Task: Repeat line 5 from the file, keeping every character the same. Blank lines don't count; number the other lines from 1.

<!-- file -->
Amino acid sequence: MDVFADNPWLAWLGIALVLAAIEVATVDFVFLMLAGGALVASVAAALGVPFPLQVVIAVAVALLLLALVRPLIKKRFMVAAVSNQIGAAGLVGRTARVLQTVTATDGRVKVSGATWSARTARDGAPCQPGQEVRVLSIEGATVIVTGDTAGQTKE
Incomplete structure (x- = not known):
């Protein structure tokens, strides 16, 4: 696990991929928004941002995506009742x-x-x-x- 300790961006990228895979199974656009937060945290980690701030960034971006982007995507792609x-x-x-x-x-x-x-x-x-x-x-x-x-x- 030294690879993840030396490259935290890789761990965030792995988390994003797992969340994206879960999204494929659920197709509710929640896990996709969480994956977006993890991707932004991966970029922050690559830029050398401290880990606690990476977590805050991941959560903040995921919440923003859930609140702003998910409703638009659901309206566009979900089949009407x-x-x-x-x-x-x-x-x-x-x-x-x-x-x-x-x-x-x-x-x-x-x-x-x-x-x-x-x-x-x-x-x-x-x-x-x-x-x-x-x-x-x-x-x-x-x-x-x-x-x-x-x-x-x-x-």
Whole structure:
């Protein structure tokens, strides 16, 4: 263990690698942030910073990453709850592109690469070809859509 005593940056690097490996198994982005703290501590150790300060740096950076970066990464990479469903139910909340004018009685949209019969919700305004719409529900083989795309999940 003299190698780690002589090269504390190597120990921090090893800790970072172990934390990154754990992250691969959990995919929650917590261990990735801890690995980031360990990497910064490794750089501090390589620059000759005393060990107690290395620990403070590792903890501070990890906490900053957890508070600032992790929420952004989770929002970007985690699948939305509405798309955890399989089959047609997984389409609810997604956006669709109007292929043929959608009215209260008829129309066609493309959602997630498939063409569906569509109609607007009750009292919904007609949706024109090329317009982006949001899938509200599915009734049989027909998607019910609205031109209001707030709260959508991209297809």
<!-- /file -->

């Protein structure tokens, strides 16, 4: 263990690698942030910073990453709850592109690469070809859509 005593940056690097490996198994982005703290501590150790300060740096950076970066990464990479469903139910909340004018009685949209019969919700305004719409529900083989795309999940 003299190698780690002589090269504390190597120990921090090893800790970072172990934390990154754990992250691969959990995919929650917590261990990735801890690995980031360990990497910064490794750089501090390589620059000759005393060990107690290395620990403070590792903890501070990890906490900053957890508070600032992790929420952004989770929002970007985690699948939305509405798309955890399989089959047609997984389409609810997604956006669709109007292929043929959608009215209260008829129309066609493309959602997630498939063409569906569509109609607007009750009292919904007609949706024109090329317009982006949001899938509200599915009734049989027909998607019910609205031109209001707030709260959508991209297809």